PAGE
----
AuthorCojanu, Valentin
  1. Introduction

    A competitive position can originate in multiple sources--managerial prowess, market structure, governmental intervention, or technological breakthrough, but one general term suffices to encapsulate them all: a favorable environment, internal and external to the company. This insight had been for long a staple of competitive analysis when Michael Porter (1990) turned it from a niche study of business strategists into a dominant topic of policy-making. As Porter concluded, policy effectiveness in terms of raising a country's living standards requires measures to unbind the competitive potential of domestic businesses. Vital to this process is the impact of location factors.

    Porter's results resuscitated the tradition of 'spatially oriented economic studies' (Huggins and Izushi, 2015) and have since changed the way we relate competitiveness to development and to location. The conceptual trio has been an answer to account for the substantial transformations as to the organization of economic activities during the last decades. Commenting on the geographical scope of competitive advantage, Enright (1993) set the investigative questions in 'a model of the features that give one location an advantage over other locations for a given industry or set of industries'. It is a model which is framed at the junction between fragmentation and globalization of the economic space and implies, in a brief description, that competition across territories is gradually replacing competition between countries in the role of allocating resources and creating market value.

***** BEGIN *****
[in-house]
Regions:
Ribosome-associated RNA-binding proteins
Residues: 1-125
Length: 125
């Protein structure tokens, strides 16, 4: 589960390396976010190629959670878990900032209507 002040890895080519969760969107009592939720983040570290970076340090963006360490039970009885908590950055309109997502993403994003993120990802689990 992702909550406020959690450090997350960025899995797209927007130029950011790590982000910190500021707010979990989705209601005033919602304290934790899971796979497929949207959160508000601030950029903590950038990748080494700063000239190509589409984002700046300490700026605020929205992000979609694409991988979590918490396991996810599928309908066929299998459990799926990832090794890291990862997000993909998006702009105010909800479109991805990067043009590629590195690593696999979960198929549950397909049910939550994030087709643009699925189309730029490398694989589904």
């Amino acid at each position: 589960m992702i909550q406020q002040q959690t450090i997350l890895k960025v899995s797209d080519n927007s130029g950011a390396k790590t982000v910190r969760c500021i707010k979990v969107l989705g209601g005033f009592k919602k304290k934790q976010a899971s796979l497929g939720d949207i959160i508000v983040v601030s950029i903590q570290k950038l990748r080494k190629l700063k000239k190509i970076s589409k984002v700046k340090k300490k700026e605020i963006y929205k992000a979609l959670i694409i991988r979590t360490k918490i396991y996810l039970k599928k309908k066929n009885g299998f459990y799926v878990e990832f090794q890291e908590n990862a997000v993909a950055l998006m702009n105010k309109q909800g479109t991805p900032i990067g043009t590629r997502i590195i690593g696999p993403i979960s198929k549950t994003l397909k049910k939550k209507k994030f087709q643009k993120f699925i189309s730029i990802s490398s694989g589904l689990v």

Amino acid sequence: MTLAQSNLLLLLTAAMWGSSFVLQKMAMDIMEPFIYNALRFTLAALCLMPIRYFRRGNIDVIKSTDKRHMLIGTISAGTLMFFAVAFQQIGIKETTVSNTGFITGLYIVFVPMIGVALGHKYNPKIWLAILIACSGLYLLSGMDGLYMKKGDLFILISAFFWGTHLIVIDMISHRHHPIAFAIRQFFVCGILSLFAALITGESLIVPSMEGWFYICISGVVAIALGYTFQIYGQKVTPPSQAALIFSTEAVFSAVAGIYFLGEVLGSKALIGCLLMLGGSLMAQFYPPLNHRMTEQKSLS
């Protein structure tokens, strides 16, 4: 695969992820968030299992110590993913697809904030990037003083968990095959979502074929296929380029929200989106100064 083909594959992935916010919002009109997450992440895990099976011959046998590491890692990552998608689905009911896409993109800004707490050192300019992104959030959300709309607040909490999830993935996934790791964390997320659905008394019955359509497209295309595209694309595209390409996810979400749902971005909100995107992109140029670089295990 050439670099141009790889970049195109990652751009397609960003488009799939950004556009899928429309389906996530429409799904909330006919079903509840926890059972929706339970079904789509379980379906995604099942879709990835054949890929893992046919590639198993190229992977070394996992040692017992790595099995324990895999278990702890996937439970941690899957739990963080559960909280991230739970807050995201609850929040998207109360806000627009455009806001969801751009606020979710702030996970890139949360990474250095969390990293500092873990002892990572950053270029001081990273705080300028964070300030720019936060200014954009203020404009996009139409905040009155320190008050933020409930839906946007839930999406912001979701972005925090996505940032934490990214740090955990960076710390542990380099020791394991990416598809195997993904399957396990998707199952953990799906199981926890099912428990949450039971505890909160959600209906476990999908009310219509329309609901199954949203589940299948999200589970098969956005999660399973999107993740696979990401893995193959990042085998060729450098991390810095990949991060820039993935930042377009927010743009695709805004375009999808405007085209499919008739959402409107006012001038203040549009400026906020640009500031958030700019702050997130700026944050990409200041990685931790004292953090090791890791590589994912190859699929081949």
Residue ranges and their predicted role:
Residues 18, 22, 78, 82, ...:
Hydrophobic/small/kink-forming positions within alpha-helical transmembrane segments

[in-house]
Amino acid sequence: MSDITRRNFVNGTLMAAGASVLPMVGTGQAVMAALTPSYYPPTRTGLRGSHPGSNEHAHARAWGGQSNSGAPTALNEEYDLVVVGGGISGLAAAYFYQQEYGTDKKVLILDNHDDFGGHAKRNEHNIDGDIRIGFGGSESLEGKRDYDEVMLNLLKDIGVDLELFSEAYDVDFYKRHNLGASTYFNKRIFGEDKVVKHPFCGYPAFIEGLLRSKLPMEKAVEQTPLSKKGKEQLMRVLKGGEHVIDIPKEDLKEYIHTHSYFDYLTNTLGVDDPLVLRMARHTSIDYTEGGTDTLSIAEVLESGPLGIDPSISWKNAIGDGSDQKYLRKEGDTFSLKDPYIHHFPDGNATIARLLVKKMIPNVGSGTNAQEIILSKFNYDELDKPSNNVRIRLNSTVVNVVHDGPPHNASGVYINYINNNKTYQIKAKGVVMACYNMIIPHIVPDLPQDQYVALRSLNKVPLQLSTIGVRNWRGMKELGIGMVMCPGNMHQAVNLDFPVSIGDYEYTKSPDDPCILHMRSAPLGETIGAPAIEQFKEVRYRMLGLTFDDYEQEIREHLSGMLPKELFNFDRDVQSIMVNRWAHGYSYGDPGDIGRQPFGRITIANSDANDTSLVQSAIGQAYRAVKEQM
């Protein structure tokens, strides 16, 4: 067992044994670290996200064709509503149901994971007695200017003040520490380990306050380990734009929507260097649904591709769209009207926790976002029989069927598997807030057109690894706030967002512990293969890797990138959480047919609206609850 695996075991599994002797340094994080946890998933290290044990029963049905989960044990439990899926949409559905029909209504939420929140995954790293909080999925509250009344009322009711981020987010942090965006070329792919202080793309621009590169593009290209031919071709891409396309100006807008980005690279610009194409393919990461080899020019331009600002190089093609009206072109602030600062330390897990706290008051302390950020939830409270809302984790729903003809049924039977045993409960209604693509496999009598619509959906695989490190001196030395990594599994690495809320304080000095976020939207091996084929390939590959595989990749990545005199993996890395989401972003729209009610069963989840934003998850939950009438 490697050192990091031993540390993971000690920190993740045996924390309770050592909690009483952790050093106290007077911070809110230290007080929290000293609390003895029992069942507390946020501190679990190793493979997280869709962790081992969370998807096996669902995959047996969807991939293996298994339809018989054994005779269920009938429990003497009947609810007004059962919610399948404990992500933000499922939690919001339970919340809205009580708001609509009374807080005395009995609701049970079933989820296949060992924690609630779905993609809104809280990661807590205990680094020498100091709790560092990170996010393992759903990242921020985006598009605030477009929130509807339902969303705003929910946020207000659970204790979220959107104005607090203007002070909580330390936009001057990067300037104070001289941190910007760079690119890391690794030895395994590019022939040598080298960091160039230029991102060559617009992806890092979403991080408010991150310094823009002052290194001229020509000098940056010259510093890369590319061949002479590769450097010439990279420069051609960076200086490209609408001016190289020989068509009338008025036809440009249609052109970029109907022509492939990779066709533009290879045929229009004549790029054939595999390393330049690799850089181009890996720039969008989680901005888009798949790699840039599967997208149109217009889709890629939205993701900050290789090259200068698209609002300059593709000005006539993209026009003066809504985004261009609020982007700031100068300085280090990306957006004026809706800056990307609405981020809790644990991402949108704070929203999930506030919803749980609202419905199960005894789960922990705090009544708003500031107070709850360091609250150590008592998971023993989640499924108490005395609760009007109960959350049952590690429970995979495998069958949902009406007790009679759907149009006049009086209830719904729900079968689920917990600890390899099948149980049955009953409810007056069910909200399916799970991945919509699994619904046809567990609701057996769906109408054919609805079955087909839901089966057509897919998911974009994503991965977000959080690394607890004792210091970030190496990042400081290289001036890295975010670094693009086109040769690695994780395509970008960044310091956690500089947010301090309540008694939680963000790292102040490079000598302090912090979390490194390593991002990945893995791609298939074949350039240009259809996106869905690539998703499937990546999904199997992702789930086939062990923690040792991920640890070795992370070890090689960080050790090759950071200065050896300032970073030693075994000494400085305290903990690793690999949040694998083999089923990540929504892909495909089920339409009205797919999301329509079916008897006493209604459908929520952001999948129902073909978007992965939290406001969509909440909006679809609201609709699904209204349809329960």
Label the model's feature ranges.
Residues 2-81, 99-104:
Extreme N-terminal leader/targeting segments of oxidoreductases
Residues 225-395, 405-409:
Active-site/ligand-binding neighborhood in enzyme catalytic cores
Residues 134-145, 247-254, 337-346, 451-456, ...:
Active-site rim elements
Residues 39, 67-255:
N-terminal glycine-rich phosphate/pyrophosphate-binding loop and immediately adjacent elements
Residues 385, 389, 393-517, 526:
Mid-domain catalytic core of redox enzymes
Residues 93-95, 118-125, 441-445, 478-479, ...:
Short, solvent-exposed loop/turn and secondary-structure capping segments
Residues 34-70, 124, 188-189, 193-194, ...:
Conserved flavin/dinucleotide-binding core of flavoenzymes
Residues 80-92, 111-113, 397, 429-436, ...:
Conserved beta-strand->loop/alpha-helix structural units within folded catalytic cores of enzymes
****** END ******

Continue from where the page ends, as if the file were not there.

In this paper, we contemplate the model of locational features through the lens of the geography of territorial capital in the European Union (EU). As we will explain in the next section, the dedicated literature sets forth one unambiguous conclusion--territorial capital represents a key asset to gain competitive advantage--as well as many research hypotheses that still await substantiation about how to provide a coherent policy template with a territorial approach to underpinning competitiveness. Assuming we have become more knowledgeable about the causal nexus from location to competitive advantage to development, how are we supposed to turn this insight into effective policy-making?